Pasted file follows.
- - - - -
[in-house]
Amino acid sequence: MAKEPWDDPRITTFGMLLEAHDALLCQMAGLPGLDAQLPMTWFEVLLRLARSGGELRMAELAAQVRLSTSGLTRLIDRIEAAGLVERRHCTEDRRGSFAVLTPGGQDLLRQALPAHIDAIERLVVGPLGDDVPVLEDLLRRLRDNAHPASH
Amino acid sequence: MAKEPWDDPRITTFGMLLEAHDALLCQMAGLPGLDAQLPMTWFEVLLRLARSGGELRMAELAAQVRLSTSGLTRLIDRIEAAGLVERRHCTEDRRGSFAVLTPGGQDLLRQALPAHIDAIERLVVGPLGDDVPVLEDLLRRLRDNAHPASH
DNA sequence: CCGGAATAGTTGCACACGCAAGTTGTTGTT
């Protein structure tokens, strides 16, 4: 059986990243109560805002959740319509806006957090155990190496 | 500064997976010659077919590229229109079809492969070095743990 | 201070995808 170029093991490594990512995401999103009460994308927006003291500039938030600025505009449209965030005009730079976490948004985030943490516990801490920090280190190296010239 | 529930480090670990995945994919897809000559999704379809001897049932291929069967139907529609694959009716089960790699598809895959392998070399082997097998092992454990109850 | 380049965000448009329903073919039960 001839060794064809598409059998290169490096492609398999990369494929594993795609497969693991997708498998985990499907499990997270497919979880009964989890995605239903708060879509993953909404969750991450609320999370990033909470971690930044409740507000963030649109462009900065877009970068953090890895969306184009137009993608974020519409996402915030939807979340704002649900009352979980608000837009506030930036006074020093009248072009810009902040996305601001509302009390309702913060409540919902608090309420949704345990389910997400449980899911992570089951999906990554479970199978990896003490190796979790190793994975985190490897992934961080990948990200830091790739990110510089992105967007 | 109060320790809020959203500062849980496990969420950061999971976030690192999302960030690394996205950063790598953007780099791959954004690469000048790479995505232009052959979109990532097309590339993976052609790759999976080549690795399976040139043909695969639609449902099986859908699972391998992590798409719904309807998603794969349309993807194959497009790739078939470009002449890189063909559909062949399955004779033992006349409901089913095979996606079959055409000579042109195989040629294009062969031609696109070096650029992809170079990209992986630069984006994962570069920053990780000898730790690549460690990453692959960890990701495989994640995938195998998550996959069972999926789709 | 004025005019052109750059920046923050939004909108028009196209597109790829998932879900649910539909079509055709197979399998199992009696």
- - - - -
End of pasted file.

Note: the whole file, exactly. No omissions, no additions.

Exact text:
[in-house]
Amino acid sequence: MAKEPWDDPRITTFGMLLEAHDALLCQMAGLPGLDAQLPMTWFEVLLRLARSGGELRMAELAAQVRLSTSGLTRLIDRIEAAGLVERRHCTEDRRGSFAVLTPGGQDLLRQALPAHIDAIERLVVGPLGDDVPVLEDLLRRLRDNAHPASH
Amino acid sequence: MAKEPWDDPRITTFGMLLEAHDALLCQMAGLPGLDAQLPMTWFEVLLRLARSGGELRMAELAAQVRLSTSGLTRLIDRIEAAGLVERRHCTEDRRGSFAVLTPGGQDLLRQALPAHIDAIERLVVGPLGDDVPVLEDLLRRLRDNAHPASH
DNA sequence: CCGGAATAGTTGCACACGCAAGTTGTTGTT
């Protein structure tokens, strides 16, 4: 059986990243109560805002959740319509806006957090155990190496 | 500064997976010659077919590229229109079809492969070095743990 | 201070995808 170029093991490594990512995401999103009460994308927006003291500039938030600025505009449209965030005009730079976490948004985030943490516990801490920090280190190296010239 | 529930480090670990995945994919897809000559999704379809001897049932291929069967139907529609694959009716089960790699598809895959392998070399082997097998092992454990109850 | 380049965000448009329903073919039960 001839060794064809598409059998290169490096492609398999990369494929594993795609497969693991997708498998985990499907499990997270497919979880009964989890995605239903708060879509993953909404969750991450609320999370990033909470971690930044409740507000963030649109462009900065877009970068953090890895969306184009137009993608974020519409996402915030939807979340704002649900009352979980608000837009506030930036006074020093009248072009810009902040996305601001509302009390309702913060409540919902608090309420949704345990389910997400449980899911992570089951999906990554479970199978990896003490190796979790190793994975985190490897992934961080990948990200830091790739990110510089992105967007 | 109060320790809020959203500062849980496990969420950061999971976030690192999302960030690394996205950063790598953007780099791959954004690469000048790479995505232009052959979109990532097309590339993976052609790759999976080549690795399976040139043909695969639609449902099986859908699972391998992590798409719904309807998603794969349309993807194959497009790739078939470009002449890189063909559909062949399955004779033992006349409901089913095979996606079959055409000579042109195989040629294009062969031609696109070096650029992809170079990209992986630069984006994962570069920053990780000898730790690549460690990453692959960890990701495989994640995938195998998550996959069972999926789709 | 004025005019052109750059920046923050939004909108028009196209597109790829998932879900649910539909079509055709197979399998199992009696």